In this NFL Scouting series, we will cover each position group, giving you a glimpse into what NFL franchises look for. In the real report I used, there are pictures of the player(s) in various movements, with comments about each. In order to keep anonymity for the Scout, I’m only using the words, no photos, or the handwritten notes used. Scouting offensive linemen gives you a glimpse into what happens in their world.
Unlike the QB report, this is one page, but there’s less to analyze with this position group than the guys under center. Even so, when scouting offensive linemen, not only do they put together these analyses, but visit games, watch film, analyze them at the combine, any bowls and often host them at their facilities.
While there was less to cover, they still went in-depth and beyond what the average fan would consider. Scouting offensive linemen gives the reader a chance to see inside the minds of what NFL general managers are looking for. Hopefully, this will help you watch the game with more detail and talk with knowledge.
They break down film, have them do whiteboard work, talk to coaches, etc. The actual report below is based on a player, had photos showing:
- punch & let feet work vs grab & let feet recover
- create/generate movement of LOS
- uses good angles
- contact balance/sustainability
- technically sound
- on the ground?
- can he drop hips/weight & anchor
- positional leverage
- sink weight (vs bull)
The report also had notes on all of the following:
- 2nd level adjust
- 2nd level engage/sustain
- pull on a track (and adjust)
- pull & trap
- pull & lead around corner
- pull & flip hips to seal short
- lateral slide
- response to counter move
- cut blocker in space
- linear footspeed
- initial quickness to get position
- best in 1st steps?
- inside redirect
- adjust when coming off doubles
- slide adjust
- short area quickness
- road grader
- quick boxer
- swing player (multiple positions)
- short area (limited ability in space)
- wide grabber/clamper
- positional blocker
- space athlete
- drive blocker
How does he handle upfield speed? Can he sink & stop the Bull?
6’7″ or able = shows up in throwing lanes for QB
Get pulled on the edge, short arms?
This list was on a player (yes, in the NFL). There’s a lot of good, but some bad.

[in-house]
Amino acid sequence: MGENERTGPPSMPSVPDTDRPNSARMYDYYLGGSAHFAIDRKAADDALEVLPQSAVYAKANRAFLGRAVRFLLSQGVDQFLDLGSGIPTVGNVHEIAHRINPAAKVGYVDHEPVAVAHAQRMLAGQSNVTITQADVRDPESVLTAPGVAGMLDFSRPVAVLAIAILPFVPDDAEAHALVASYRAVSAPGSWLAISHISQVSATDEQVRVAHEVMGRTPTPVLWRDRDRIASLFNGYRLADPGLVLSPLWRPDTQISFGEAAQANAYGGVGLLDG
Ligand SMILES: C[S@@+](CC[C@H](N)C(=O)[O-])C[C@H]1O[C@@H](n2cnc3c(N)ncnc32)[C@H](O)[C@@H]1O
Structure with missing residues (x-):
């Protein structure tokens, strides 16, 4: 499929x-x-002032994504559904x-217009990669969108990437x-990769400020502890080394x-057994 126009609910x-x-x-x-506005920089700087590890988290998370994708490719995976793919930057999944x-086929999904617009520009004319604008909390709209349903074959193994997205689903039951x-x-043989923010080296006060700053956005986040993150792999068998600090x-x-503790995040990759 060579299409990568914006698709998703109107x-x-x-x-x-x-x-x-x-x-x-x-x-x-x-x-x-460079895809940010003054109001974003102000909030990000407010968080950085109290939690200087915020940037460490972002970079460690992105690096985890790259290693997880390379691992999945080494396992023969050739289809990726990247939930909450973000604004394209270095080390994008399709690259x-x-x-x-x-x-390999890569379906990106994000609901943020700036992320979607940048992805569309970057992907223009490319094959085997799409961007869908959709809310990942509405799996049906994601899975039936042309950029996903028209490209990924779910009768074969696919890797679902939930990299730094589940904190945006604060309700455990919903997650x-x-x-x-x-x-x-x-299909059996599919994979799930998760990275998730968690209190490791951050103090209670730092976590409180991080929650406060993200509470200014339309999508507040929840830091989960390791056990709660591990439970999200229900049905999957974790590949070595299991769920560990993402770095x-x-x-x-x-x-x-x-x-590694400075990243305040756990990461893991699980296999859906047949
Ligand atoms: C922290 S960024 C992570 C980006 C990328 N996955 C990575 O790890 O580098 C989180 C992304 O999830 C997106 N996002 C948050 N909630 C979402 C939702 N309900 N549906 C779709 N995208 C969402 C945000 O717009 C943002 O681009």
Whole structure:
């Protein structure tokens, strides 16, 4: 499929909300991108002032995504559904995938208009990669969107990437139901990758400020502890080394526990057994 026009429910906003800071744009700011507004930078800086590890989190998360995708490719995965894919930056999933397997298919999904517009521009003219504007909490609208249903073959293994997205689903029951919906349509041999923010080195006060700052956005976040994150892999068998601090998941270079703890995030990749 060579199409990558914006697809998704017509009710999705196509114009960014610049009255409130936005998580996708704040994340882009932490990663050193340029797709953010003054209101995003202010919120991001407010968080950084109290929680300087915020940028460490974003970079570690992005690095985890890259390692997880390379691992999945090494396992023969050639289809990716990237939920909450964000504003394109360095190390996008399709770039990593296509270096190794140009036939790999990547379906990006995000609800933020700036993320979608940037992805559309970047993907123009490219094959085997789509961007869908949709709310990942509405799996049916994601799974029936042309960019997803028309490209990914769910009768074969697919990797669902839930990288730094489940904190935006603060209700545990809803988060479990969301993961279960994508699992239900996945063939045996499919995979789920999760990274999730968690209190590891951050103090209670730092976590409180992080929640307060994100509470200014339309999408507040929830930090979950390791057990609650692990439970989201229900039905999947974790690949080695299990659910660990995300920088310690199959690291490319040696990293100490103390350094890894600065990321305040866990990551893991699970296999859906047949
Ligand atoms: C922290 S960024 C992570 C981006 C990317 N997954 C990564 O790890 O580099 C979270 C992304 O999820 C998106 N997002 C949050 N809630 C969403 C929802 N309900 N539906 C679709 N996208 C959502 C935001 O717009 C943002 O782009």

- awareness (stunt/blitz)
- ducks head
- pad level good
- gets overextended
- top heavy
- late to extend arms
- sustain (on 1st contact)
- short jab/arm extensions in pass pro
- arms to leverage
- pump arms in pass pro? (compressing for feet)
- Hip sink/hip explosion
- rolls hips on contact
- hands (discipline)
- works to re-position
- heavy hands
- active hands
- wide base/narrow base
- lower body tightness
- light in ass
- knee bender vs waist bender
- base strength/leverage
- initial quickness
- movement off ball
- ankle bend
- heavy feet
- linear foot speed
Scouting offensive linemen notes on several players:
OT-Like his punch. Very athletic. Gets to 2nd and 3rd level with ease. Almost too anxious in screen game. Nasty in drive blocks. Stays on his feet decently. Questionable leg strength. He’s beating inferior players.
G-Explosive and gets to 2nd level well. On the ground a lot. Not overly athletic. Stands tall in his pass block and doesn’t use his hands very well.
T-Athletic big man. Gets to second level well. For a big guy, has low center of gravity. Finishes blocks. Needs to work pass pro hand usage. Has some issues blocking in space. Wide body. Question leg strength. Not a road grinder.
G-Punisher on run blocks. Athletic enough on pass sets. Gets to 2nd level pretty well. Needs to lower set. Kinds gives a runway to mediocre pass rushers. Tips the play off with his stance.
What we have in all this is notes from several players, a kind of cheat sheet of what they look for and in the top section, an actual player. Hope this gives you more knowledge in watching training camps so you can see why some guys don’t make your team.
Any questions your can comment way down below. Or send a DM to @the_teal_zone. Thanks for reading.